Allium cepa (Onion)

Chapter 62 Allium cepa (Onion)




Allium cepa (family: Amaryllidaceous or Liliaceous)


Common name: onion





image History and Folk Use


Although not as valued a medicinal agent as garlic, onion has been used almost as widely. Like garlic (Allium sativum), onion has been used as an antispasmodic, carminative, diuretic, expectorant, stomachic, anthelmintic, and anti-infective agent. Externally, it has been used as a rubefacient and poultice, giving relief for skin diseases and insect bites.13


Onions originated in the central part of Asia, from Iran to Pakistan, and northward into the southern part of Russia. Onions have been revered throughout time not only for their culinary use but also for their therapeutic properties. As early as the sixth century, onions were used as medicine in India. Although they were popular with the ancient Greeks and Romans, they were often dressed with extra seasonings, because many people did not find them spicy enough. Yet it was their pungency that made onions popular among poor people throughout the world, because this inexpensive vegetable could spark up meals. Onions were an indispensable vegetable in the cuisines of many European countries during the Middle Ages and later even served as a classic healthy breakfast food. Christopher Columbus brought onions to the West Indies, and then their cultivation spread throughout the Western hemisphere. Today, China, India, the United States, Russia, and Spain are among the leading producers of onions.


World onion production has increased dramatically, with current production around 44 million tons per year, making onions the second most important horticultural crop after tomatoes. Because of their storage characteristics and durability for shipping, onions have always been traded more widely than most vegetables. Onions are versatile, often used in many dishes, and accepted by almost all traditions and cultures.4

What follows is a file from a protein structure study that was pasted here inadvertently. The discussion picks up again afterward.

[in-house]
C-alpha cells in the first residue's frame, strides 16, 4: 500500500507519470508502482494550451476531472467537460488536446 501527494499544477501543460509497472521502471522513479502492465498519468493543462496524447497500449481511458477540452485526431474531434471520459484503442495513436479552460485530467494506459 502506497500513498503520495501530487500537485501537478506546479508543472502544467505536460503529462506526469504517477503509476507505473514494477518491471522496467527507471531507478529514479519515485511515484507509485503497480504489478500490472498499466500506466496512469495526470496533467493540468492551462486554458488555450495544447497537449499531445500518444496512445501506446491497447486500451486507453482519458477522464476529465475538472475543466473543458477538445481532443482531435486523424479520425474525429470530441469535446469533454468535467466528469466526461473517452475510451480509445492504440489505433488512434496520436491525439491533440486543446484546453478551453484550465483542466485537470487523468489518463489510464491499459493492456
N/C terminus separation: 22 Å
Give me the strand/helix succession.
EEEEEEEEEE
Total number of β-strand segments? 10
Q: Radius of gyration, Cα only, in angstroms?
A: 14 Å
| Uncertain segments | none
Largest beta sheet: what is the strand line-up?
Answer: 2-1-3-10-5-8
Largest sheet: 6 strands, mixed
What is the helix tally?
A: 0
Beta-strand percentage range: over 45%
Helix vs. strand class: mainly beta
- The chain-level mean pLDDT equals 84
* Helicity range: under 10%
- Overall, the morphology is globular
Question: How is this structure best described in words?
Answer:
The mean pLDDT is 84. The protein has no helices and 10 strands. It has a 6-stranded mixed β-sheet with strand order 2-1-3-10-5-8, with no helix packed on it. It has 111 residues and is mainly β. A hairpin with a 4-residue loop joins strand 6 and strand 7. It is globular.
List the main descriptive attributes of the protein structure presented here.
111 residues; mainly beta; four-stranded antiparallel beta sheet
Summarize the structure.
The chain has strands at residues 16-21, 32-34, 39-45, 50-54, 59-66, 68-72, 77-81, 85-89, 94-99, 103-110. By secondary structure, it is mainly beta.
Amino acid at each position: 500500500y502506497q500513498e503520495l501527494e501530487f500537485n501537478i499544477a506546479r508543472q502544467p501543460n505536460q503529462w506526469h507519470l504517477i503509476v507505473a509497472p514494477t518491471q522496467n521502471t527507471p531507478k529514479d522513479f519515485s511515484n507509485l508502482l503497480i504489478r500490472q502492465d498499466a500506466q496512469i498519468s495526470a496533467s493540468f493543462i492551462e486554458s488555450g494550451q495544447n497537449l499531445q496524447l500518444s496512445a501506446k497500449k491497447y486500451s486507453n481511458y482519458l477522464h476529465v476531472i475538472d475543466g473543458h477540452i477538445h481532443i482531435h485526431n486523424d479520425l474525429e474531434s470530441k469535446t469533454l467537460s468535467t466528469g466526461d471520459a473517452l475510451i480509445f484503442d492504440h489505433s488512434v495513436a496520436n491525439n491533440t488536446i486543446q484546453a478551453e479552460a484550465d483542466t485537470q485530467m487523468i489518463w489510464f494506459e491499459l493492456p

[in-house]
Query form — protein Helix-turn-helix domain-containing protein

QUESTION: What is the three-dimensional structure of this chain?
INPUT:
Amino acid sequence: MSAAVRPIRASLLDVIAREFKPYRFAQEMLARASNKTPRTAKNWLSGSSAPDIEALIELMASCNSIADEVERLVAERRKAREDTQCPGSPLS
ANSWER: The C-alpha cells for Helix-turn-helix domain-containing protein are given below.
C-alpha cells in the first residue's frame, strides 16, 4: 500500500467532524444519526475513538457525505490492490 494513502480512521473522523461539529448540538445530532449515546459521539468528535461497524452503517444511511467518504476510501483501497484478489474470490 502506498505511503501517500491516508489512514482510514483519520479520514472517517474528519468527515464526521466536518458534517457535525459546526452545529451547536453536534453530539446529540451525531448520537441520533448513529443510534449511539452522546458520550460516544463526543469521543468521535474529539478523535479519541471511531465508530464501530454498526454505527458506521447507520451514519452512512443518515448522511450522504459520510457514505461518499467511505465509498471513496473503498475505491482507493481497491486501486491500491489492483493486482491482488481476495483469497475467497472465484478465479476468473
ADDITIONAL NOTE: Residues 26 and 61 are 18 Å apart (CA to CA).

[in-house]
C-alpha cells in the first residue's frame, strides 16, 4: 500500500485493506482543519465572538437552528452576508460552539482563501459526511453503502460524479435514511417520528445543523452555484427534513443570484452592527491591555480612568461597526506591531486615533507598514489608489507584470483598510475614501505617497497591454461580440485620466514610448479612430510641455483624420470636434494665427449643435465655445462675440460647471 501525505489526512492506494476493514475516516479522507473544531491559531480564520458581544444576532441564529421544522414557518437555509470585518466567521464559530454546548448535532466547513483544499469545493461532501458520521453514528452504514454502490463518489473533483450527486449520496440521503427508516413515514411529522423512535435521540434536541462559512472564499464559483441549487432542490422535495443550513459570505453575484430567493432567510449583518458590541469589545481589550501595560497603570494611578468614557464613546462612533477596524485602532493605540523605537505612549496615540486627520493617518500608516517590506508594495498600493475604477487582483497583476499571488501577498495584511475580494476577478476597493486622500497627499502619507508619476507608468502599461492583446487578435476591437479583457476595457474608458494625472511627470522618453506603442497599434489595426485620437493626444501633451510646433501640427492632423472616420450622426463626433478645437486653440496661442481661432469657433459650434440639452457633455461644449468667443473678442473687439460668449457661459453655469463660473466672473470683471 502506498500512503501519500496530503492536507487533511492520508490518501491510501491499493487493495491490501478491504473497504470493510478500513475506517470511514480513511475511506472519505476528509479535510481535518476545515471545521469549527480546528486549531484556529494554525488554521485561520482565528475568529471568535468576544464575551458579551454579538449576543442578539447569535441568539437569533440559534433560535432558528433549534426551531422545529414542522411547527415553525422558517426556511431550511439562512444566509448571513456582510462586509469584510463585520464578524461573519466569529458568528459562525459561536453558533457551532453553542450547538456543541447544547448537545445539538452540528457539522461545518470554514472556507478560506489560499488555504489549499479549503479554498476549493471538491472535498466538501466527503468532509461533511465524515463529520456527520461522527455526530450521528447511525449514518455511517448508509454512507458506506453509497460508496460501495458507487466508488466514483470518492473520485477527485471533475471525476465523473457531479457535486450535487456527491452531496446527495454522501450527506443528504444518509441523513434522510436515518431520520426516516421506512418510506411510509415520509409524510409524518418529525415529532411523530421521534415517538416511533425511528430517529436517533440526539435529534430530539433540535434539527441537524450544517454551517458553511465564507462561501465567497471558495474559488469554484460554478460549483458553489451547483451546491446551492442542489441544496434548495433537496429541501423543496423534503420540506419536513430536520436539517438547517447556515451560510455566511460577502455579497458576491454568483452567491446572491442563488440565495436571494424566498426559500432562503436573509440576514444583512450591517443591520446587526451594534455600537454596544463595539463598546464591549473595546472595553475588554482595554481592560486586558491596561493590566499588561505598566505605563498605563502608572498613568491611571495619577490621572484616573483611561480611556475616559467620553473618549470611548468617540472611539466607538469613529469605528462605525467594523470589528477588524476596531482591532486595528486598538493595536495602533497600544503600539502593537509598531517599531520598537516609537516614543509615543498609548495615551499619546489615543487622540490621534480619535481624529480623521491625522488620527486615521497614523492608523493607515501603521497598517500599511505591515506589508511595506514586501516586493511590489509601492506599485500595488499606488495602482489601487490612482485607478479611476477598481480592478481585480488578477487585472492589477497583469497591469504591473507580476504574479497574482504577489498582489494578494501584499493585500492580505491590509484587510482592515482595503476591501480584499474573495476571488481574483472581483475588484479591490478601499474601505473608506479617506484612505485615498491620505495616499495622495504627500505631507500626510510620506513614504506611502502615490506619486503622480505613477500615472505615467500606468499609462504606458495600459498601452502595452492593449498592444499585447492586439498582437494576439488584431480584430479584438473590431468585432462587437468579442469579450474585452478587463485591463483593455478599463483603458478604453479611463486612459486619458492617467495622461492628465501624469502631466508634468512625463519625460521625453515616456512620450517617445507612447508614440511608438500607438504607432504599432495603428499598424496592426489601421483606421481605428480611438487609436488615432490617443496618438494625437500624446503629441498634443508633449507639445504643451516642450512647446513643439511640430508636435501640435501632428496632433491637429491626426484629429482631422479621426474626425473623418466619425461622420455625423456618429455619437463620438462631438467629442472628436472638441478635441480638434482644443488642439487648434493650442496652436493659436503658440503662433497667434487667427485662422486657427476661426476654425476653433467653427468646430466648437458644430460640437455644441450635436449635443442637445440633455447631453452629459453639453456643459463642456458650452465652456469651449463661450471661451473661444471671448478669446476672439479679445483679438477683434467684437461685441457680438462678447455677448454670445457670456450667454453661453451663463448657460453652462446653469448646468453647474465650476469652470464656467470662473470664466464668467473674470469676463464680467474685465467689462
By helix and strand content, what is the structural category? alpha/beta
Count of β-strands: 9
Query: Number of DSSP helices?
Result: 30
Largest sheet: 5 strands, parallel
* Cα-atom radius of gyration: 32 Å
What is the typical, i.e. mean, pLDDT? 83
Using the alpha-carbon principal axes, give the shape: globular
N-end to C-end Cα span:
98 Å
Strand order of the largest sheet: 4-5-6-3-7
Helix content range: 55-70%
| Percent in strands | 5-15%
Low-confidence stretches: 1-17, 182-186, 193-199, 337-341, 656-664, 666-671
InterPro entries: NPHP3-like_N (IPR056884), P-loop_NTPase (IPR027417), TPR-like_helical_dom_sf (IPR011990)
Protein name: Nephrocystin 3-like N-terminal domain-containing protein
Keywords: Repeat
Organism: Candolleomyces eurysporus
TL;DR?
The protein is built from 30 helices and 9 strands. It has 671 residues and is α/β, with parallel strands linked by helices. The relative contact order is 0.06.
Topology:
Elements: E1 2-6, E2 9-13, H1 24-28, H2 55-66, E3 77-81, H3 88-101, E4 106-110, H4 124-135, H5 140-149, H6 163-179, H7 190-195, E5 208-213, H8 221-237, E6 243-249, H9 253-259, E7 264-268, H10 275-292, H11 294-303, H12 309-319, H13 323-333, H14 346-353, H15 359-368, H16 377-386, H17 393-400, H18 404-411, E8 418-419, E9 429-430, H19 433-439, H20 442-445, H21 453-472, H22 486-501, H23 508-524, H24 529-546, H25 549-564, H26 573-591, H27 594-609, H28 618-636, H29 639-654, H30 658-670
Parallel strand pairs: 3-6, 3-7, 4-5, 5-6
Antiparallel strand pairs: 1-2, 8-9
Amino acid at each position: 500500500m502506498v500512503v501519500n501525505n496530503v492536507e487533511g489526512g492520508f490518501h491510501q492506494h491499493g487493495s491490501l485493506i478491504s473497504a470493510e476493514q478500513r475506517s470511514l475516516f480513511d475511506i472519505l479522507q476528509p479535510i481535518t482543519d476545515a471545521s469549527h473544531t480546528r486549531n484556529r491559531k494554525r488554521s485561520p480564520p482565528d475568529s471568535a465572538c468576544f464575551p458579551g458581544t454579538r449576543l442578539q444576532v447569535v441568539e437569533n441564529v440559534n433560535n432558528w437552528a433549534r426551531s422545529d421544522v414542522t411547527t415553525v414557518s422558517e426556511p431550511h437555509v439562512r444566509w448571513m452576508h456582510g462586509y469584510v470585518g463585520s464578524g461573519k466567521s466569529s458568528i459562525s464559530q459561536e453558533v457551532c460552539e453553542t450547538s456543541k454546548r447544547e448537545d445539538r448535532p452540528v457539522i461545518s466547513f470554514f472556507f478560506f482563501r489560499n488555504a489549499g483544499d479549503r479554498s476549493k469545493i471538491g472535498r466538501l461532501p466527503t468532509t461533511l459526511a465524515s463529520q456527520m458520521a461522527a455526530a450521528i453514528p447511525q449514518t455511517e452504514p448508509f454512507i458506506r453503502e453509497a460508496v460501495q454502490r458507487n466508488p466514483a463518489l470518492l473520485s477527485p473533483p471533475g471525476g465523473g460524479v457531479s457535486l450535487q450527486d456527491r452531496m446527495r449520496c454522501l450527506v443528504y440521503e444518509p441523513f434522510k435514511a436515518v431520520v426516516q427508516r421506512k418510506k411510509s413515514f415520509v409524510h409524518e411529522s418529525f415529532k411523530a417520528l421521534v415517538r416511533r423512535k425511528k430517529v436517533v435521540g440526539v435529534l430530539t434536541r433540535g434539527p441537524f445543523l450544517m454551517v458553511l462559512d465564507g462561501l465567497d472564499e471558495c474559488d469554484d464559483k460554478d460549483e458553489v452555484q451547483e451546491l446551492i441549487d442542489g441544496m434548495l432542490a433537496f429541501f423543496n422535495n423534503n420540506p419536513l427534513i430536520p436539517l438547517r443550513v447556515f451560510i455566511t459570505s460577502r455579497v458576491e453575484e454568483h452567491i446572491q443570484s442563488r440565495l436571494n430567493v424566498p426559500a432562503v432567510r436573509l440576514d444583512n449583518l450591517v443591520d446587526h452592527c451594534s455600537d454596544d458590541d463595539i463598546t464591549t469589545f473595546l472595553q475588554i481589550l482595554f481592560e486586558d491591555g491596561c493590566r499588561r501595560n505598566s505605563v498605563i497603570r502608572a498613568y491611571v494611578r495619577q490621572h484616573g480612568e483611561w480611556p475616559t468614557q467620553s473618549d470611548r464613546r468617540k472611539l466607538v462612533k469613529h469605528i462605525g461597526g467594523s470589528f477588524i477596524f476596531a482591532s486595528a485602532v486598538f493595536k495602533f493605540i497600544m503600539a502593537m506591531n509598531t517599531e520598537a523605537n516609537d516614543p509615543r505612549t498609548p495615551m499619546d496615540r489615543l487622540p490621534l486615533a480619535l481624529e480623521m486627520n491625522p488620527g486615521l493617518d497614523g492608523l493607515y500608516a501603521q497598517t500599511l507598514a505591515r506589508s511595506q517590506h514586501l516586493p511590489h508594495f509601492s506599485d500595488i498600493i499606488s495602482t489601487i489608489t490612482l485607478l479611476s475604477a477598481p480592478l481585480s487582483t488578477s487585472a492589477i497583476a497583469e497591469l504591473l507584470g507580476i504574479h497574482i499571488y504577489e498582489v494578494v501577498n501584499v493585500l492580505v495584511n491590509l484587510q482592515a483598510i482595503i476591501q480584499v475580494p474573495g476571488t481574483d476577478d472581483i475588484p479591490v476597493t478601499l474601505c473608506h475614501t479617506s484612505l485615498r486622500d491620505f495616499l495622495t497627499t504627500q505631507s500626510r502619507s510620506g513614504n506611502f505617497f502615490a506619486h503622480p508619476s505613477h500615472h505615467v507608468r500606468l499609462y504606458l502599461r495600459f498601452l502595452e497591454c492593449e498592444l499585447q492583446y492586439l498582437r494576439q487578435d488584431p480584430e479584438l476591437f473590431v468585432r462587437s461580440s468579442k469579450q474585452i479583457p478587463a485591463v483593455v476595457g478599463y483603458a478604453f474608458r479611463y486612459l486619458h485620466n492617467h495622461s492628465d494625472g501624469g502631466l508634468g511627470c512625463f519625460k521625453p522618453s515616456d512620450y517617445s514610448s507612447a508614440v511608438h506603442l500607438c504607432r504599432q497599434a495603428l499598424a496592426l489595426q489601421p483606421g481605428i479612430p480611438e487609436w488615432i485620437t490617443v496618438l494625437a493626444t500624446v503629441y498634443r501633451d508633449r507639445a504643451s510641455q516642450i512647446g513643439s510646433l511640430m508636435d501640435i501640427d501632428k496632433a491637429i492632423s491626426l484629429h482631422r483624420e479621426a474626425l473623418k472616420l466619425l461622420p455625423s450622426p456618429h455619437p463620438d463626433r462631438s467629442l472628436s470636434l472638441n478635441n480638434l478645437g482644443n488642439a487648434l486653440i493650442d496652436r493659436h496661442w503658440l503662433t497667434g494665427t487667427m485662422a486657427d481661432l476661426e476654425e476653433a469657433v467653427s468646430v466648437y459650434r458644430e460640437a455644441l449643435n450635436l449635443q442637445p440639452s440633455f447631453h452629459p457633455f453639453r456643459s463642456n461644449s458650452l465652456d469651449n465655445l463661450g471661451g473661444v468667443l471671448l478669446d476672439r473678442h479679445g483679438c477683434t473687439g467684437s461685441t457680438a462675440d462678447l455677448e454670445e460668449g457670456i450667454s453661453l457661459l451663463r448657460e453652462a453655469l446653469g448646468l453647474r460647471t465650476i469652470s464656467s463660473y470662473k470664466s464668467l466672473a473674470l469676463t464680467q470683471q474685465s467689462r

image Pharmacology


Onions and garlic, due to their similar constituents, have many of the same pharmacologic effects. However, significant differences make one more advantageous than the other in certain conditions.


One of the key nutritional qualities of onions is their high content of quercetin. To determine uptake as well as in vivo antioxidant effects of quercetin from onions, six healthy nonobese, normocholesterolemic female volunteers participated in a randomized two-phase crossover supplementation trial to compare the antioxidant effects associated with (1) a meal of fried onions and (2) a meal of fried onions and fresh cherry tomatoes.5 Plasma flavonoids, lymphocyte DNA damage, plasma ascorbic acid, tocopherols and carotenoids, urinary malondialdehyde, and 8-hydroxy-2-deoxyguanosine were determined to assess flavonoid absorption and antioxidant efficacy. The results indicated that the flavonoid glucosides (quercetin-3-glucoside and isorhamnetin-4-glucoside) were significantly elevated in plasma after ingestion of the onion meal, and the increases were associated with an increased resistance of lymphocyte DNA to DNA strand breakage.


A significant decrease in the level of urinary 8-hydroxy-2-deoxyguanosine was evident 4 hours after ingestion of the onion meal. After the combined tomato and onion meal, only quercetin was detected in plasma. Endogenous base oxidation was decreased, but resistance to strand breakage was unchanged. No significant change in the excretion of urinary malondialdehyde occurred after either meal. The conclusions from the study were that both meals—onions and onions with tomatoes—led to transient decreases in biomarkers of oxidative stress, although the particular biomarkers affected differed. It is possible that the differences in patterns of response reflect the different uptakes of flavonoids, but the underlying mechanism is not yet understood.



Antimicrobial Activity


Although onions exhibit antibacterial, antifungal, and anthelmintic activity, it is not nearly as potent as that of garlic. This suggests that garlic may be better indicated in cases of infection,2,3,6 but onion can usually be consumed in larger quantities than garlic, which may increase the concentration of antimicrobial constituents in vivo to approximate those of garlic.

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Sep 12, 2016 | Posted by in MANUAL THERAPIST | Comments Off on Allium cepa (Onion)
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